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» July 17, 2008 «
Presidential candidates John McCain and Barack Obama outlined their positions on farm issues yesterday (Wednesday), during separate teleconferences with the American Farm Bureau Council of Presidents. McCain pledged his support for trade agreements that open markets for American farm goods. Obama stressed his support for the new federal farm bill. Both candidates said they favor reform of federal immigration laws.
Small amounts of additional water have become available to farmers in the western San Joaquin Valley. The Westlands Water District negotiated transfers to provide one-half of an acre-foot of water to each of its farm customers. Farmers will use most of the additional water to keep orchards and vineyards alive. The transfer won't affect autumn water availability, and most growers have already decided not to plant lettuce and other fall vegetables because of water shortages.
Cotton farmers have either not planted or abandoned more than 48,000 acres of California farmland because of water shortages. The state Department of Food and Agriculture says its field reports don't specify whether the land was left fallow, or was planted and later abandoned. The Calcot cooperative in Bakersfield says some farmers are giving cotton plants minimal amounts of water, hoping rain might ultimately add enough moisture to save the crop.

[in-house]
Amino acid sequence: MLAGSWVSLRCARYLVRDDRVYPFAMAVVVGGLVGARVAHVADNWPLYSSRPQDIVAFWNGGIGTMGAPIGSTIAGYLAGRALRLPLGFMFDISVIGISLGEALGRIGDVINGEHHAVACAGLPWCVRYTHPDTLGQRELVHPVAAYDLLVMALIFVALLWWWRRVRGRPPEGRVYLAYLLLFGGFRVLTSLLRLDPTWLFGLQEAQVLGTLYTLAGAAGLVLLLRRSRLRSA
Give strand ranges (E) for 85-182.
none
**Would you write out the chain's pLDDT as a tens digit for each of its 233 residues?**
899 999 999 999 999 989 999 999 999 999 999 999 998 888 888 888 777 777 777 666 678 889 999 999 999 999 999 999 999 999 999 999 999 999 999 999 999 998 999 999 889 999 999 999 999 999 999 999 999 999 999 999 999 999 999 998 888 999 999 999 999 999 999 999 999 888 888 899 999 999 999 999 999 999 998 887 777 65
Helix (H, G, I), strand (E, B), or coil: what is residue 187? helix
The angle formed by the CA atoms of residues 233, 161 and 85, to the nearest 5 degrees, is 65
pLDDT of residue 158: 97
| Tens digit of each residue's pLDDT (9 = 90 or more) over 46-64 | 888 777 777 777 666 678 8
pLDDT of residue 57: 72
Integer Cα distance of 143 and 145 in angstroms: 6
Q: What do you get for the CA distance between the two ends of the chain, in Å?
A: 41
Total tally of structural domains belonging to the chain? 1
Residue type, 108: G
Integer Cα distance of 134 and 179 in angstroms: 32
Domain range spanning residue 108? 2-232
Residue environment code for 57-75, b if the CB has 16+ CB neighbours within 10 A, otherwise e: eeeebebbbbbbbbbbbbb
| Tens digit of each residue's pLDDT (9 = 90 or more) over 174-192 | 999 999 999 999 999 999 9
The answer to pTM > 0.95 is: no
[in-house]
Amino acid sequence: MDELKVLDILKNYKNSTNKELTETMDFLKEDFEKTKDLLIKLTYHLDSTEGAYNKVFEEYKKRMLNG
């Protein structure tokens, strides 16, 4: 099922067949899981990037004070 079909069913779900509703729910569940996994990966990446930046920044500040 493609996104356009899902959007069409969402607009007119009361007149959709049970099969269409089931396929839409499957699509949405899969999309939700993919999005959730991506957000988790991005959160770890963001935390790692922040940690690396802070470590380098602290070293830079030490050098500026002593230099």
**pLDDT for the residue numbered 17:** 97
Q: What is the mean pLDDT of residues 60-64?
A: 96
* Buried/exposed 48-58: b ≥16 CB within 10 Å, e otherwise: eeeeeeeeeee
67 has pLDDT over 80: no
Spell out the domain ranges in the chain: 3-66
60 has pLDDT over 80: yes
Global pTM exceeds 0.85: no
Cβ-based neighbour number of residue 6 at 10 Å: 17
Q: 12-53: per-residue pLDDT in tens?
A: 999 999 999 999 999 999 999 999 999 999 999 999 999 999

A popular conservation program received a financial boost from the federal government. The Environmental Quality Incentives Program shares costs with farmers and ranchers who pursue projects to improve air quality, enhance water efficiency or achieve other conservation goals. The U.S. Agriculture Department said it has directed another $200 million dollars to the program. A California Farm Bureau spokeswoman says the new money will allow more projects to be completed.Top